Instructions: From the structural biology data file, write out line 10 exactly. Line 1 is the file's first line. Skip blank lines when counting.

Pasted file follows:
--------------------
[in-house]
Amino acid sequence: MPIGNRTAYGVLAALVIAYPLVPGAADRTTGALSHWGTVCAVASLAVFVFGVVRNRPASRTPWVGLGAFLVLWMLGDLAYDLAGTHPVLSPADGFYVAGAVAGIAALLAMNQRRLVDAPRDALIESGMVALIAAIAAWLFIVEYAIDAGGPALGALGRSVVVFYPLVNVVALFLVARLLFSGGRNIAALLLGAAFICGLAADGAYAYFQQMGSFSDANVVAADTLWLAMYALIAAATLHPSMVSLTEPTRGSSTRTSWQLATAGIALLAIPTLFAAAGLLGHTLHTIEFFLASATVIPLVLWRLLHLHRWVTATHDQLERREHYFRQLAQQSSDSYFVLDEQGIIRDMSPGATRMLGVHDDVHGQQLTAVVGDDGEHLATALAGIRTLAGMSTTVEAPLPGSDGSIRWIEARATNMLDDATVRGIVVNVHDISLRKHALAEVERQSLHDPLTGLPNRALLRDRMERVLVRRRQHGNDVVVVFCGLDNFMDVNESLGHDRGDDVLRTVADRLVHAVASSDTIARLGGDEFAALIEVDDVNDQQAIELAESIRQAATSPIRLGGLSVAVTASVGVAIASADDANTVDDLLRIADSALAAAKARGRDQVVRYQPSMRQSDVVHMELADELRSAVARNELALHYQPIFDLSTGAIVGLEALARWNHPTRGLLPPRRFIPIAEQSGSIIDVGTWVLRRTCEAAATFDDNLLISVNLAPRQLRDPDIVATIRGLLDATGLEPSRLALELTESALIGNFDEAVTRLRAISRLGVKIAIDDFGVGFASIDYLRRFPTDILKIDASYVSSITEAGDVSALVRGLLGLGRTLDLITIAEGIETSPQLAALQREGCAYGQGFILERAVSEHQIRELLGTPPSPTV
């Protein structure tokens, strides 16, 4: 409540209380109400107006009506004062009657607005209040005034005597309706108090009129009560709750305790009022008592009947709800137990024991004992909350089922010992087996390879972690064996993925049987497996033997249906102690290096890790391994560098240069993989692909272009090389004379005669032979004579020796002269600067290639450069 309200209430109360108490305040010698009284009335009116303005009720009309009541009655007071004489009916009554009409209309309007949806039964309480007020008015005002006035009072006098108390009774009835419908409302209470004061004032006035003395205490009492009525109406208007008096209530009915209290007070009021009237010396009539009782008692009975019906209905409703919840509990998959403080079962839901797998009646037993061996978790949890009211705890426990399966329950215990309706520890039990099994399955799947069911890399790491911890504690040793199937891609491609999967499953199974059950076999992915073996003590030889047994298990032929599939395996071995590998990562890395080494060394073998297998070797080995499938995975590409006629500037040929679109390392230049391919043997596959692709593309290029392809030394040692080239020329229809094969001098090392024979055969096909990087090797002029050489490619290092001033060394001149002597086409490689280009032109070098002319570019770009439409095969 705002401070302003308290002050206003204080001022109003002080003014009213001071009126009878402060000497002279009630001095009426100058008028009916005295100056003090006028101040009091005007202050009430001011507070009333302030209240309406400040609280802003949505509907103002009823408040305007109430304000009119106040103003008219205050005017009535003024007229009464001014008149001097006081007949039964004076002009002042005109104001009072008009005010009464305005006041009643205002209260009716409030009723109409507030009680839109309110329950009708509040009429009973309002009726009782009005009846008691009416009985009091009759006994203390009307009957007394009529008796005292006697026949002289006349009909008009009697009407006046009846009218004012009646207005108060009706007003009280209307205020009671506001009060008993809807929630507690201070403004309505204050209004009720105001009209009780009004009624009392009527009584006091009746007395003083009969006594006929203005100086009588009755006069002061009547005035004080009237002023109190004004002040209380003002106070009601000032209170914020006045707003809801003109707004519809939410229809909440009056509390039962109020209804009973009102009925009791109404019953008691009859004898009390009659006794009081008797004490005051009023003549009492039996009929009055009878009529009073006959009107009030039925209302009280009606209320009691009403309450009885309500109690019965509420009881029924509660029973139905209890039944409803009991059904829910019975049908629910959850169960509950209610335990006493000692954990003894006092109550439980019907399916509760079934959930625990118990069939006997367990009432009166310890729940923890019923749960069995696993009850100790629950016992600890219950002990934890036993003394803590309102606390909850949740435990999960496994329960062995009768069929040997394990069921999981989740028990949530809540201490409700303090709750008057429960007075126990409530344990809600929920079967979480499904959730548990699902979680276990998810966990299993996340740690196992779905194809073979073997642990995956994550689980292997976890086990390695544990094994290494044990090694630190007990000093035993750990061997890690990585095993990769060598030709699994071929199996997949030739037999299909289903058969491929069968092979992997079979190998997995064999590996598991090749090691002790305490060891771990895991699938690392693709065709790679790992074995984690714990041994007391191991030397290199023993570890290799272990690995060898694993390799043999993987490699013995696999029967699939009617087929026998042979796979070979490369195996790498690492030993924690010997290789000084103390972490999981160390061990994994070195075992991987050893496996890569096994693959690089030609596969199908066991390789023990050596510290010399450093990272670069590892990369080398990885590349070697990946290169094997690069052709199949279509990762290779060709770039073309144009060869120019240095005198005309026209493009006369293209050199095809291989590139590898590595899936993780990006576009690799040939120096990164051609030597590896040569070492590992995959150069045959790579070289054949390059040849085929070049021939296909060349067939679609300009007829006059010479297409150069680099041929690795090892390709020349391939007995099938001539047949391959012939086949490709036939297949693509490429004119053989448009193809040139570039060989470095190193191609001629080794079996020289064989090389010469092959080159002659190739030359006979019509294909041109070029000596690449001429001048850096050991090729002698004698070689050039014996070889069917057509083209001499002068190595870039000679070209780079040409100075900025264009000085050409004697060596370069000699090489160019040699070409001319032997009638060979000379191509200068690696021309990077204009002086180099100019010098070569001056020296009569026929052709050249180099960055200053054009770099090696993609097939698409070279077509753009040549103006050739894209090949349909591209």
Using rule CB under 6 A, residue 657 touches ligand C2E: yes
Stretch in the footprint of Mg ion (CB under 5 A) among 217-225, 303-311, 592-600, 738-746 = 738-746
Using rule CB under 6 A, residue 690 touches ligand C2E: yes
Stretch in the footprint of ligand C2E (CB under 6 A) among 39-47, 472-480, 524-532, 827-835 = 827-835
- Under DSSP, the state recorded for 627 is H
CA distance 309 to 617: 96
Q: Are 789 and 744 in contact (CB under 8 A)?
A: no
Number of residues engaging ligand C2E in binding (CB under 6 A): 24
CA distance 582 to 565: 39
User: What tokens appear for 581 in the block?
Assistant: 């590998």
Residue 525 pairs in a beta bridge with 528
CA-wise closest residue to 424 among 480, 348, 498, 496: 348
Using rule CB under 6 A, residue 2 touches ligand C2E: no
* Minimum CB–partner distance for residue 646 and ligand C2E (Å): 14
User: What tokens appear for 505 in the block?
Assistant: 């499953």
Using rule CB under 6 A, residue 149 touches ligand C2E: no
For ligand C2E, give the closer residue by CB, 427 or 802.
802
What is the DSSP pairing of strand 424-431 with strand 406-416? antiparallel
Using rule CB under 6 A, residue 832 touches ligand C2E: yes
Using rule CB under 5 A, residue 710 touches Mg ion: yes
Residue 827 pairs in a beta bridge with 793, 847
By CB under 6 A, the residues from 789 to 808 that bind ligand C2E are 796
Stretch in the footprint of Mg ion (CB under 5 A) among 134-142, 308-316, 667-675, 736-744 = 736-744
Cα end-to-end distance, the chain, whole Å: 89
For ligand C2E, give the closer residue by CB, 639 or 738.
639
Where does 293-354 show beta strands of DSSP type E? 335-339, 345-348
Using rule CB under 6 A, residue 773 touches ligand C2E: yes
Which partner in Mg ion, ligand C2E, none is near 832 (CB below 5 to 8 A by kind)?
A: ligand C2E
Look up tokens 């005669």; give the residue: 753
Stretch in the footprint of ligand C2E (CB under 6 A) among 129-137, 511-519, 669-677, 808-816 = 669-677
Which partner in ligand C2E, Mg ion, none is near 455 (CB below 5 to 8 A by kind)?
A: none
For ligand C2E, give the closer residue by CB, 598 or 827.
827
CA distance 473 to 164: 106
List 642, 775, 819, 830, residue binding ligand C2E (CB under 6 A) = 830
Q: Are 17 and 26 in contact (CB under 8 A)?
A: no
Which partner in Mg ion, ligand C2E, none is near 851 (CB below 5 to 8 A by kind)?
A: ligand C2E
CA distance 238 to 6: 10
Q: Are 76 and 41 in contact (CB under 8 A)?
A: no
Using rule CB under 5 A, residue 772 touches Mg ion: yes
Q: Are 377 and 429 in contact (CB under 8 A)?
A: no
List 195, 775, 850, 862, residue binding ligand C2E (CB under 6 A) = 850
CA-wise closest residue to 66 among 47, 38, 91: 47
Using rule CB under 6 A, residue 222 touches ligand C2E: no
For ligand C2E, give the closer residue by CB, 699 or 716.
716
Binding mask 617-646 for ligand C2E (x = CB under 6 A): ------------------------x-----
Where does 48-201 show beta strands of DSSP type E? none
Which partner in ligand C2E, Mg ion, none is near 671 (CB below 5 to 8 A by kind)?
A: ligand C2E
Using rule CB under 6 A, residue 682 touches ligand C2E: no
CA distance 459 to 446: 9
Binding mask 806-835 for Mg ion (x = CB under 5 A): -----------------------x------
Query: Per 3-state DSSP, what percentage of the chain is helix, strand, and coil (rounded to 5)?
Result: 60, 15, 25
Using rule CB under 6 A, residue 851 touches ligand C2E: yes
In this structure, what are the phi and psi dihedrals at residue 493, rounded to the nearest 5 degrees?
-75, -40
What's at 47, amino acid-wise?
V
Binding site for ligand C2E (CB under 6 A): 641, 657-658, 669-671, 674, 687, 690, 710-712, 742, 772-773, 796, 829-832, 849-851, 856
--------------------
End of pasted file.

Q: Are 789 and 744 in contact (CB under 8 A)?